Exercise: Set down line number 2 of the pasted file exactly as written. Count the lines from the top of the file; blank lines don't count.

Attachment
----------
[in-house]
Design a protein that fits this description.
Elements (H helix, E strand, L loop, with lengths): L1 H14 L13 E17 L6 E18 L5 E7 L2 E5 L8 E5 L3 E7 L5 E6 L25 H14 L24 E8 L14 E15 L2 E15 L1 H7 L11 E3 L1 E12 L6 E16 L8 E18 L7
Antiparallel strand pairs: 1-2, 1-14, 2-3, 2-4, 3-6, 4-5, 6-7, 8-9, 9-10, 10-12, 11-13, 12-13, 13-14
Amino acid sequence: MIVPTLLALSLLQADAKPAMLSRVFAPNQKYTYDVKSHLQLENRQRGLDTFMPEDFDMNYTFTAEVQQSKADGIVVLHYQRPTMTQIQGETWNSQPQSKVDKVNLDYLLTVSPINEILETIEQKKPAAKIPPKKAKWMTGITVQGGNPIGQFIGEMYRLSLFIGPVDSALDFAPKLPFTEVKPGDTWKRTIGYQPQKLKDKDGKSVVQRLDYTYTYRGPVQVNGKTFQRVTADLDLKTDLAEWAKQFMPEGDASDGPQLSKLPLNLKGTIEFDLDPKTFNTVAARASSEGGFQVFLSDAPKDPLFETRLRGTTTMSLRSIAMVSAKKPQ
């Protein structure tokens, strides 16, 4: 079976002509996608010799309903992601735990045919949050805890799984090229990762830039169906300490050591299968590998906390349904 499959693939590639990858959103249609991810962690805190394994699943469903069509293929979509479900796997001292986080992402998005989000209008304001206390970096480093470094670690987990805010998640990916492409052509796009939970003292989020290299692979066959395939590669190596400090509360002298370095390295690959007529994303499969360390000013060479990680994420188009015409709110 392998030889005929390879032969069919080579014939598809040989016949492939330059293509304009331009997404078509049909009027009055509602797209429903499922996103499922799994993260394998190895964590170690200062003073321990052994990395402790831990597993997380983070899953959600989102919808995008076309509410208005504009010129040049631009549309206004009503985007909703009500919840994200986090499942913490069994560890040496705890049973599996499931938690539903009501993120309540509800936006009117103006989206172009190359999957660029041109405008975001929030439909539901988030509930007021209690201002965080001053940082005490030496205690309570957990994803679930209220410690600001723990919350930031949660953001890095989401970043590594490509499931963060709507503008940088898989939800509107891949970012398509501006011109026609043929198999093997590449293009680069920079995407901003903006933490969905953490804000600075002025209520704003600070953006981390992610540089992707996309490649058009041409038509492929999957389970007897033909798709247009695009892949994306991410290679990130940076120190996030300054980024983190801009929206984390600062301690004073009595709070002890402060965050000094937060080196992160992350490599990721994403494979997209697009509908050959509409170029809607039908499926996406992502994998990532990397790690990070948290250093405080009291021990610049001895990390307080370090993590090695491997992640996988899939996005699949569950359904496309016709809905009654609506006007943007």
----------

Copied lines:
Design a protein that fits this description.